Explain the relationship between the Campbell diagram and the Rahn diagram
Draw changes in chest wall and pulmonary compliance using the Rahn diagram
Differentiate between plateau pressure, intrathoracic and transpulmonary pressures using the Rahn diagram
Reexamine how changes in intrathoracic pressure and transpulmonary pressure alter right ventricular hemodynamics
Explain both the driving pressure and stress index and how they may be utilized to optimize transpulmonary pressure
Reconsider the cases that you worked through in learning module 5.
Bed 1 is a morbidly obese woman (BMI 47) intubated for airway protection. She suffered an intra-cerebral hemorrhage as a complication of Roux-en-Y gastric bypass. The respiratory therapist is calling you for plateau pressures in the low-40s even after administration of vecuronium. Her blood pressure is sagging as are her oxygen saturations.
Bed 2 is an elderly man with severe emphysema. He is cachectic (BMI 17) and was intubated for both transfusion-associated circulatory overload and aspiration pneumonia. He is 4-days post an ax-fem bypass for severe peripheral arterial disease. He too has plateau pressures in the low-40s even following the administration of vecuronium. His blood pressure and oxygen saturations are sagging.
Reflect on the differences you and your learning partner observed between these two patients with respect to their right ventricular preload and afterload. Which patient had their elevated plateau pressure driven by poor pulmonary compliance? Which had their plateau pressure driven by poor chest wall compliance? Have you ever observed the pressure-time waveform of such patients? If so, what have you noticed? Have you encountered the driving pressure? What is your understanding of this metric and how might it be different between these patients?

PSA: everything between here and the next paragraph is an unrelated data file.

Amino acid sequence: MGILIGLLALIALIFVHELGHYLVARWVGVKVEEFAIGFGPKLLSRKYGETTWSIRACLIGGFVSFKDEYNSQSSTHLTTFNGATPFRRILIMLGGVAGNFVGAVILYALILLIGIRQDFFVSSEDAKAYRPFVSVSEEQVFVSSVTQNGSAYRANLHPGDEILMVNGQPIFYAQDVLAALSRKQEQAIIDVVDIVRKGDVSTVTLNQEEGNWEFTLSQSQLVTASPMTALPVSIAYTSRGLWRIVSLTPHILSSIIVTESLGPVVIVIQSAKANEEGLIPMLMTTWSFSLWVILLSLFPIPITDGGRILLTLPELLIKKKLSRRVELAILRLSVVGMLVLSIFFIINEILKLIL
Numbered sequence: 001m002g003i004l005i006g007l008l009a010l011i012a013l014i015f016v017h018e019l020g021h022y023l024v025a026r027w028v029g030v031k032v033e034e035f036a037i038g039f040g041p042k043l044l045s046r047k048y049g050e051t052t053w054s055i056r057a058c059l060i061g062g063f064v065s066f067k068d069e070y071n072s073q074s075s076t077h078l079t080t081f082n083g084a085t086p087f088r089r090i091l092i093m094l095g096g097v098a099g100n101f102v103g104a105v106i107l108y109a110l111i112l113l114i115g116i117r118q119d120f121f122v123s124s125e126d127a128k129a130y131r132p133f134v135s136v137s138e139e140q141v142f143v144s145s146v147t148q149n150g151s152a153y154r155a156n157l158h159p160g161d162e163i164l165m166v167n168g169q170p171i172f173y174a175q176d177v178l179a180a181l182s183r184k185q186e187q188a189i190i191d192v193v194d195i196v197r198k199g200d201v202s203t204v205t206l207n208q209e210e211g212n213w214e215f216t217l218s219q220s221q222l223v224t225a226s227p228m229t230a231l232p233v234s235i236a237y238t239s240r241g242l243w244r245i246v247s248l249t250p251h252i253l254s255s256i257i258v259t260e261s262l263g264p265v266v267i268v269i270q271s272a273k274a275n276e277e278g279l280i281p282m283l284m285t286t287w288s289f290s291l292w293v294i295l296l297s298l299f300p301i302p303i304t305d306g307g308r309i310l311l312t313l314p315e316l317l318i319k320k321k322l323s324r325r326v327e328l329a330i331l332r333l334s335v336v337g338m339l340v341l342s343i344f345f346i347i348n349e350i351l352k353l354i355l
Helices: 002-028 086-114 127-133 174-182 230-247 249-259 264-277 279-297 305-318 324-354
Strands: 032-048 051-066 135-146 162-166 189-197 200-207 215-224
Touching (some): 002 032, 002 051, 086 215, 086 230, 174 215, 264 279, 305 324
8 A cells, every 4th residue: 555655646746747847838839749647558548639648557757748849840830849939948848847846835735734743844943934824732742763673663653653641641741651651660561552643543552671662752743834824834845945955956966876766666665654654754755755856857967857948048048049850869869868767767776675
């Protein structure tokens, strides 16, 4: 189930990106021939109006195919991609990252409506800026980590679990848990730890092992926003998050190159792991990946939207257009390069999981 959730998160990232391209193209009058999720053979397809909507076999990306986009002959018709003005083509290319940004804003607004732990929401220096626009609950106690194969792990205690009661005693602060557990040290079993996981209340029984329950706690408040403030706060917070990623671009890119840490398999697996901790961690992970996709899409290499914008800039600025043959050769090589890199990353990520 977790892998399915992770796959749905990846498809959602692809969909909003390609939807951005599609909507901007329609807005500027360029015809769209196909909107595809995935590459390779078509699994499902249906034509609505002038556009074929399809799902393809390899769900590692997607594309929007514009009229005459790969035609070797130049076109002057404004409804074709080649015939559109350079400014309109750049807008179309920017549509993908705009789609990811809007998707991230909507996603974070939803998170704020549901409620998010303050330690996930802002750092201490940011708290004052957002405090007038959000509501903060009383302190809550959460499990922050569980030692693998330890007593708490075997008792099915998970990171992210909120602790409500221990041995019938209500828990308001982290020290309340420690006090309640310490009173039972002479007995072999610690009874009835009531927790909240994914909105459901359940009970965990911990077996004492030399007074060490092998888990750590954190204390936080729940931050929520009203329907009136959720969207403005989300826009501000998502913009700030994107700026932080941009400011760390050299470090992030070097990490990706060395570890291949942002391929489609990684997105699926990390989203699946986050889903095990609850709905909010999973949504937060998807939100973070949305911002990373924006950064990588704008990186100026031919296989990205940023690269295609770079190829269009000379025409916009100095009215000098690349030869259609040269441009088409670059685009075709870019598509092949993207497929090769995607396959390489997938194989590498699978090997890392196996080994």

1. If you chose to explain patient 1 in the previous module, now describe patient 2. Your learning partner should similarly select their complimentary patient. Now draw your patient's Rahn diagram. Explain to each other your results; contrast the diagrams you have drawn and relate them to the Campbell diagrams that you drew in module 5.
2. Continue with the diagrams you have drawn and explain to each other where the esophageal, plateau and transpulmonary pressures would fall on the diagram. How is this different between the two patients? Recall that the esophageal pressure is a surrogate for pleural pressure.
3. Explain to your partner what your patient’s stress index would be and why. How would the stress index be visualized on a pressure time tracing on the ventilator [draw it!]? Importantly, provide the reason as to why the stress index can be utilized only when flow delivery is constant [i.e. square wave].
4. Now imagine what would happen if you increased the PEEP of your patient by 5 cm H2O – explain to your partner what would happen to each of the following: the stress index, the pulmonary compliance curve, the chest wall compliance curve, the respiratory system compliance curve and finally, the driving pressure. Draw the Rahn diagram to support your explanation.
5. Given your explanations from question 4, what would increasing the PEEP do to your patient’s RV preload, RV afterload and why? Try to integrate the Guyton [encountered in earlier modules] and Rahn diagrams here; how do they relate?
6. If increasing the PEEP in your patient led to hypotension, what would you expect to see on a bedside echocardiogram of the right ventricle and IVC? Would the correct hemodynamic intervention be to give fluids or lower the PEEP? Explain to your partner why this is so in terms of preload and afterload.
7. Review the intended learning outcomes with your partner. With your partner, write a 250 word abstract summarizing the intended learning outcomes; then meet with another learning pair to share your synopsis.